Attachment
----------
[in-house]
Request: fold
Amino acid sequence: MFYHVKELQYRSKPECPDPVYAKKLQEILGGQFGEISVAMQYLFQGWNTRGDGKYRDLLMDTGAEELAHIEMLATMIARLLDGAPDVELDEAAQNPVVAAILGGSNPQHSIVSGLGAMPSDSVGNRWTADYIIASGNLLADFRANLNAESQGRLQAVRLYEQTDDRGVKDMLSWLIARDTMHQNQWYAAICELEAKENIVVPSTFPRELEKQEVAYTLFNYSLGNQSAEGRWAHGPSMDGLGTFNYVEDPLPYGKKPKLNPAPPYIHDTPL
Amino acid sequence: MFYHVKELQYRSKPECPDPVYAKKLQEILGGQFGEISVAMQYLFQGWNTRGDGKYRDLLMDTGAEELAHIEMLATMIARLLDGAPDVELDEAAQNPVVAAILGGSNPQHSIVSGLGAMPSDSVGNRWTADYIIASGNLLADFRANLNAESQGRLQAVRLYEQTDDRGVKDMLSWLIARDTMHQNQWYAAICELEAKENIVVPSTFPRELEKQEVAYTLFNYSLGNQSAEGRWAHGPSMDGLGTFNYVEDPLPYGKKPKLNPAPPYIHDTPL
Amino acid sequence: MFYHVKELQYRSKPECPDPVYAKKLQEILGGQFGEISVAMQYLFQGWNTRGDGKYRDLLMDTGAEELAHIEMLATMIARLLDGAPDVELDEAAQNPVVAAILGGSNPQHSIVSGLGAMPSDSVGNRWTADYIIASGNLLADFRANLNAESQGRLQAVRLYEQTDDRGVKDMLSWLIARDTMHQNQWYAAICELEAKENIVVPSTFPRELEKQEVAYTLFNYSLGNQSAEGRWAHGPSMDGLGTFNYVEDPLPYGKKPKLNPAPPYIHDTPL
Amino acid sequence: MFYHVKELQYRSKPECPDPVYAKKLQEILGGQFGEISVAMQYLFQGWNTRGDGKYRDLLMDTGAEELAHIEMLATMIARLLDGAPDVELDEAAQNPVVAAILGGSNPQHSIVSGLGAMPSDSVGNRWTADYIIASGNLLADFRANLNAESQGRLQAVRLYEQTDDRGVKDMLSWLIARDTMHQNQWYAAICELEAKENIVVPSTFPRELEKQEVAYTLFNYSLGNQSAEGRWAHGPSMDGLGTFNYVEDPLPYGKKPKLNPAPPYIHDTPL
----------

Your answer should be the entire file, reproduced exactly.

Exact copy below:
[in-house]
Request: fold
Amino acid sequence: MFYHVKELQYRSKPECPDPVYAKKLQEILGGQFGEISVAMQYLFQGWNTRGDGKYRDLLMDTGAEELAHIEMLATMIARLLDGAPDVELDEAAQNPVVAAILGGSNPQHSIVSGLGAMPSDSVGNRWTADYIIASGNLLADFRANLNAESQGRLQAVRLYEQTDDRGVKDMLSWLIARDTMHQNQWYAAICELEAKENIVVPSTFPRELEKQEVAYTLFNYSLGNQSAEGRWAHGPSMDGLGTFNYVEDPLPYGKKPKLNPAPPYIHDTPL
Amino acid sequence: MFYHVKELQYRSKPECPDPVYAKKLQEILGGQFGEISVAMQYLFQGWNTRGDGKYRDLLMDTGAEELAHIEMLATMIARLLDGAPDVELDEAAQNPVVAAILGGSNPQHSIVSGLGAMPSDSVGNRWTADYIIASGNLLADFRANLNAESQGRLQAVRLYEQTDDRGVKDMLSWLIARDTMHQNQWYAAICELEAKENIVVPSTFPRELEKQEVAYTLFNYSLGNQSAEGRWAHGPSMDGLGTFNYVEDPLPYGKKPKLNPAPPYIHDTPL
Amino acid sequence: MFYHVKELQYRSKPECPDPVYAKKLQEILGGQFGEISVAMQYLFQGWNTRGDGKYRDLLMDTGAEELAHIEMLATMIARLLDGAPDVELDEAAQNPVVAAILGGSNPQHSIVSGLGAMPSDSVGNRWTADYIIASGNLLADFRANLNAESQGRLQAVRLYEQTDDRGVKDMLSWLIARDTMHQNQWYAAICELEAKENIVVPSTFPRELEKQEVAYTLFNYSLGNQSAEGRWAHGPSMDGLGTFNYVEDPLPYGKKPKLNPAPPYIHDTPL
Amino acid sequence: MFYHVKELQYRSKPECPDPVYAKKLQEILGGQFGEISVAMQYLFQGWNTRGDGKYRDLLMDTGAEELAHIEMLATMIARLLDGAPDVELDEAAQNPVVAAILGGSNPQHSIVSGLGAMPSDSVGNRWTADYIIASGNLLADFRANLNAESQGRLQAVRLYEQTDDRGVKDMLSWLIARDTMHQNQWYAAICELEAKENIVVPSTFPRELEKQEVAYTLFNYSLGNQSAEGRWAHGPSMDGLGTFNYVEDPLPYGKKPKLNPAPPYIHDTPL